On March 5, 2013, the First District Appellate Court of Illinois ruled in John Crane, Inc. v. Admiral Ins. Co., 2013 IL App (1st) 093240-B that excess and umbrella insurers covering asbestos-related injury claims are jointly and severally liable under an “all sums” allocation method, refusing to adopt the insurers’ argument that a pro rata time-on-the-risk approach applies.
The insured, a manufacturer of asbestos-containing valves and gaskets, had sought coverage for asbestos suits from carriers that sold excess and umbrella coverage spanning two decades. Relying heavily on the Illinois Supreme Court’s Zurich Insurance Co. v. Raymark Industries Inc. decision, the Crane court held “that where coverage for asbestos-related injury claims is triggered by bodily injury or sickness or disease, all triggered policies are jointly and severally liable.”
The Crane decision was not a complete defeat for the excess and umbrella insurers. The court did reject the insured’s attempt to bind those insurers to a settlement agreement with its primary insurers that retroactively re-negotiated the terms of the primary coverage so as to prematurely exhaust the available primary limits. In doing so, the court held that: “[The insured] fails to cite any case for the proposition that, after a primary policy has been triggered, any insured and a primary insurer may make an agreement which lessens the amount of primary insurance required to be exhausted before umbrella or excess insurance policies are implicated.”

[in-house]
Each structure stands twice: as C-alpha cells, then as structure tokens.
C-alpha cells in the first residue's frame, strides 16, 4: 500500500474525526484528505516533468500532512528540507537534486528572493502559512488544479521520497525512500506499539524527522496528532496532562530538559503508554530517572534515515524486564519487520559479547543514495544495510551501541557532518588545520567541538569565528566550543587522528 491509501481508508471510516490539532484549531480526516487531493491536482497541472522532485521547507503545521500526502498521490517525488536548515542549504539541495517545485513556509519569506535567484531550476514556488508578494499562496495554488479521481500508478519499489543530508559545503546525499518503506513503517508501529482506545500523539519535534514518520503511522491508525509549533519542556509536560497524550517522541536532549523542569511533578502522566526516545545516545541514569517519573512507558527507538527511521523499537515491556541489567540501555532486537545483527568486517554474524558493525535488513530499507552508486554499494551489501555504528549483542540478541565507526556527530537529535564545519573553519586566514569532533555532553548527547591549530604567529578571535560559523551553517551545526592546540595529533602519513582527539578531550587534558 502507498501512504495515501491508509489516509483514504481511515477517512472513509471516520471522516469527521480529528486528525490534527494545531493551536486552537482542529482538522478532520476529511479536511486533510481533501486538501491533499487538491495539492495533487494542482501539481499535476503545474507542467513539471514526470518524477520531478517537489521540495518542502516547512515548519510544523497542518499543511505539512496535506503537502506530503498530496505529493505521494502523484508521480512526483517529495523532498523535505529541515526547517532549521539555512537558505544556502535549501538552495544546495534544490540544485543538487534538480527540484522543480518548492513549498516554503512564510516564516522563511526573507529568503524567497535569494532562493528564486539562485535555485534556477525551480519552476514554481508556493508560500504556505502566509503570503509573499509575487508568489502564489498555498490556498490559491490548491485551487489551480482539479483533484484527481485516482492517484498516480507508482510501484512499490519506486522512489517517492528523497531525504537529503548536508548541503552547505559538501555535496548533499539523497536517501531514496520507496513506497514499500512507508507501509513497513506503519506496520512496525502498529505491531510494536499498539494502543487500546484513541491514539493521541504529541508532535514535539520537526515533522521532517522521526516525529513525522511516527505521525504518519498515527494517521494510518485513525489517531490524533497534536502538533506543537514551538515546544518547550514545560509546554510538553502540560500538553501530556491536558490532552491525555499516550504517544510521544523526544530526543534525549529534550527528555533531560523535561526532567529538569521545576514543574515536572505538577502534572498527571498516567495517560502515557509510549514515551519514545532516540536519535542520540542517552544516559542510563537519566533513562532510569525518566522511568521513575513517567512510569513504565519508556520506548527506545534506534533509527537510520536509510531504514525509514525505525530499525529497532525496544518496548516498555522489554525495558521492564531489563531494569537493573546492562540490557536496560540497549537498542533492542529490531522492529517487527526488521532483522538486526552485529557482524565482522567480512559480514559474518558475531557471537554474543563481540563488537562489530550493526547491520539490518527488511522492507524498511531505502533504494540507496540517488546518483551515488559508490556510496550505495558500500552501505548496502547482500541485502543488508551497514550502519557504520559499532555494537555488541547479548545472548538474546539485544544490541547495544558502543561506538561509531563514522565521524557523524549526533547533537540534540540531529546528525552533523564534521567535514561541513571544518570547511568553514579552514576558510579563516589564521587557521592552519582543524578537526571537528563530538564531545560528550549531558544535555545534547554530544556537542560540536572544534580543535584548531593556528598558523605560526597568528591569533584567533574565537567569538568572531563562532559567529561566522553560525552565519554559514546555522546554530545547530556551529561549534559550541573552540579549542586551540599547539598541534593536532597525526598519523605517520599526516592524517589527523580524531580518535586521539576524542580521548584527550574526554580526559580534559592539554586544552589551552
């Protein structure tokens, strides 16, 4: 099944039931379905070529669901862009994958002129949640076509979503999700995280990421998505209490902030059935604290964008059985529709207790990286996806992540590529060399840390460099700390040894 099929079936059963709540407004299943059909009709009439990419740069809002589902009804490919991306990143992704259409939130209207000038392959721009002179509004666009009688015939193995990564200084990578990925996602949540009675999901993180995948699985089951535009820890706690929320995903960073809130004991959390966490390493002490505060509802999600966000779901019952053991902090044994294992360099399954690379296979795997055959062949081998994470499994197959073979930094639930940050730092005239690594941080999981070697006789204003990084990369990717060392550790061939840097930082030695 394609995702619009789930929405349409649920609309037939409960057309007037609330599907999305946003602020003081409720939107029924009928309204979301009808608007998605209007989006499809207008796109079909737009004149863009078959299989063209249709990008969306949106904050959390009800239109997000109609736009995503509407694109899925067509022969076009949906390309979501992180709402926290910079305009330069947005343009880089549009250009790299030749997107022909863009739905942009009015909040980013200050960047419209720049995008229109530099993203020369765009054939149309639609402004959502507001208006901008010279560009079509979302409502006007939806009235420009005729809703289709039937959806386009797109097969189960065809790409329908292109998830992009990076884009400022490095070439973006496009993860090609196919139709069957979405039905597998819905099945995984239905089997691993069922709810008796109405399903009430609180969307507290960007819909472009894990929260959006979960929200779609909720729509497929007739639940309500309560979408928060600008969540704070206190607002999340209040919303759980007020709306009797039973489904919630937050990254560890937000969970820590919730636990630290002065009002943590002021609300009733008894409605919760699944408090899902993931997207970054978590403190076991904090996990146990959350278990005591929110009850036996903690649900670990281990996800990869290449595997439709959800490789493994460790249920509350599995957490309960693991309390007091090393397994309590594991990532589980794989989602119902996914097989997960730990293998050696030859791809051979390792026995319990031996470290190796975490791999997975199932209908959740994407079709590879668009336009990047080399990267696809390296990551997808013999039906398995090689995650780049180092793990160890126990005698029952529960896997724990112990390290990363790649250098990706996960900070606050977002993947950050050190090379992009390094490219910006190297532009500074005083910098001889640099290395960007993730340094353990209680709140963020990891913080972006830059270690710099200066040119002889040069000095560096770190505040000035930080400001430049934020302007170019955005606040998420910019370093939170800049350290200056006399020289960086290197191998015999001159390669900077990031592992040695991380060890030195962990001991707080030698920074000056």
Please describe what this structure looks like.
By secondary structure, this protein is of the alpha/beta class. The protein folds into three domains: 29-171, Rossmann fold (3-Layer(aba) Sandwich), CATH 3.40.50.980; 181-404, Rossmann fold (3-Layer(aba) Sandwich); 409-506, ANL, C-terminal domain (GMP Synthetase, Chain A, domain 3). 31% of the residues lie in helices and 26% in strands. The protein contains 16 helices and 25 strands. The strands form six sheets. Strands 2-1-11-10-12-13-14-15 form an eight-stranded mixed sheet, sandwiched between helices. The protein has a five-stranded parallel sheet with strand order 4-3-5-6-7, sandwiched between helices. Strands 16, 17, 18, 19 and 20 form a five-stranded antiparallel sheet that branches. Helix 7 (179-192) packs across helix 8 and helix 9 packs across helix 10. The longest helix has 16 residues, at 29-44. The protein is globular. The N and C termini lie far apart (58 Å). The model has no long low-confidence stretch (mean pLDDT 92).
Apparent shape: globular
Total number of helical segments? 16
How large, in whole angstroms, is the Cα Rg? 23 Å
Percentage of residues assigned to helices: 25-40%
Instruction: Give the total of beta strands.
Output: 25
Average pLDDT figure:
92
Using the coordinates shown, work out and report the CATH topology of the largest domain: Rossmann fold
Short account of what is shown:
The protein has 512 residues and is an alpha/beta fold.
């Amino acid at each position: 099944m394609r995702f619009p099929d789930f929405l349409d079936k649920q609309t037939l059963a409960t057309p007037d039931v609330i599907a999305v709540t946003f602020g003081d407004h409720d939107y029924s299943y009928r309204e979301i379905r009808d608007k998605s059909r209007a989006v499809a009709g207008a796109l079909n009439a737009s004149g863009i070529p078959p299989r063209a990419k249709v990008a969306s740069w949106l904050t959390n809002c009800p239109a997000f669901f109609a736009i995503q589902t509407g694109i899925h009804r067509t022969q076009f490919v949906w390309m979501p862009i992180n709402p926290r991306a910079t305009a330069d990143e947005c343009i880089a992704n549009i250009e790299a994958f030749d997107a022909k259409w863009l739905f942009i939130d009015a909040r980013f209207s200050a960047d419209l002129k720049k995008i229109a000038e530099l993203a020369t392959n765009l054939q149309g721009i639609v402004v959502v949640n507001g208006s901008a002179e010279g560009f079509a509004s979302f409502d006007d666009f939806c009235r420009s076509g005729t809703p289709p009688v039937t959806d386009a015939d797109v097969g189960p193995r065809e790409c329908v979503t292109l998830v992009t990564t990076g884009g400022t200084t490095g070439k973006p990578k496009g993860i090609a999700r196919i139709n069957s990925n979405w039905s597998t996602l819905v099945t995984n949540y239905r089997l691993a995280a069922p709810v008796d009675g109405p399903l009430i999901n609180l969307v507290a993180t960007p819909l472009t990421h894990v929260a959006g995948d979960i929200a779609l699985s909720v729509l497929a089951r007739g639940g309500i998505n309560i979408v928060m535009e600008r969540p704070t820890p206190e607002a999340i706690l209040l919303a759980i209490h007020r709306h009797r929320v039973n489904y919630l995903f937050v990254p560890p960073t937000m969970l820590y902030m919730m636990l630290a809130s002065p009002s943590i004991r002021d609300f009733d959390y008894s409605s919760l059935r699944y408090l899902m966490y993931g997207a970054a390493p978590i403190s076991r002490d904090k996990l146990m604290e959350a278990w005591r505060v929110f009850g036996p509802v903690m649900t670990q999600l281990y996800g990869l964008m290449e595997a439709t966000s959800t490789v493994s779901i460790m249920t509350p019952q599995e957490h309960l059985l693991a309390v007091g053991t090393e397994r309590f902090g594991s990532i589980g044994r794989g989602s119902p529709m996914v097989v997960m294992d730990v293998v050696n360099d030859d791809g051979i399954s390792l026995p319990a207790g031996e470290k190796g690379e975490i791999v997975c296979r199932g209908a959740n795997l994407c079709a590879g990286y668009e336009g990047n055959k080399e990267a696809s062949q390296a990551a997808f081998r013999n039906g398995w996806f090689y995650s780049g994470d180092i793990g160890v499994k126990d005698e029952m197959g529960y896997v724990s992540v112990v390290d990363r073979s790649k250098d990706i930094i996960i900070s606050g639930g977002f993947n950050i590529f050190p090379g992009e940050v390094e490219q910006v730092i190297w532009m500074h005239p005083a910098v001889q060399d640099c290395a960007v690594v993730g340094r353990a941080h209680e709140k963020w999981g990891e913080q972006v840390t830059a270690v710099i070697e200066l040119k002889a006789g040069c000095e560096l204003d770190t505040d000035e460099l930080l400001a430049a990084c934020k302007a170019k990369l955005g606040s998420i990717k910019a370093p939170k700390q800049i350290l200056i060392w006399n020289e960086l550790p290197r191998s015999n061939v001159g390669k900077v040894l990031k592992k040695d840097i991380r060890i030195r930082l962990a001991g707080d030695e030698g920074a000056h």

Crane raises two questions for consideration. First, while the decision endorsed the all sums rule, it also rejected a continuous injury trigger. Instead, relying on Zurich, it found that asbestos-related bodily injury has three separate and discrete periods – bodily injury, sickness and disease – and that “each of these events triggers coverage.” Until Crane, courts only applied an all sums rule to excess insurers in the context of claims involving continuous or progressive injury. Whether other courts follow Crane’s lead on this finding remains to be seen.
Another question raised by this decision is whether courts endorsing the Crane view would embrace an “all sums with stacking” outcome. ”Stacking” refers to the queuing of policy limits across multiple policy periods so that each policy can be called upon to respond to a claim up to its full limits. This issue has been the subject of considerable discussion since the California Supreme Court endorsed that result in its 2012 opinion in State of California v. Continental Insurance Co. The lynchpin of the State of California decision was application of the continuous injury trigger.
Could “all sums with stacking” work without a continuous trigger? Might a court embracing the Crane rationale order the “stacking” of policies in force during the separate, discrete events – bodily injury, sickness and disease – triggering coverage?
The answers to these questions are left to future cases to decide.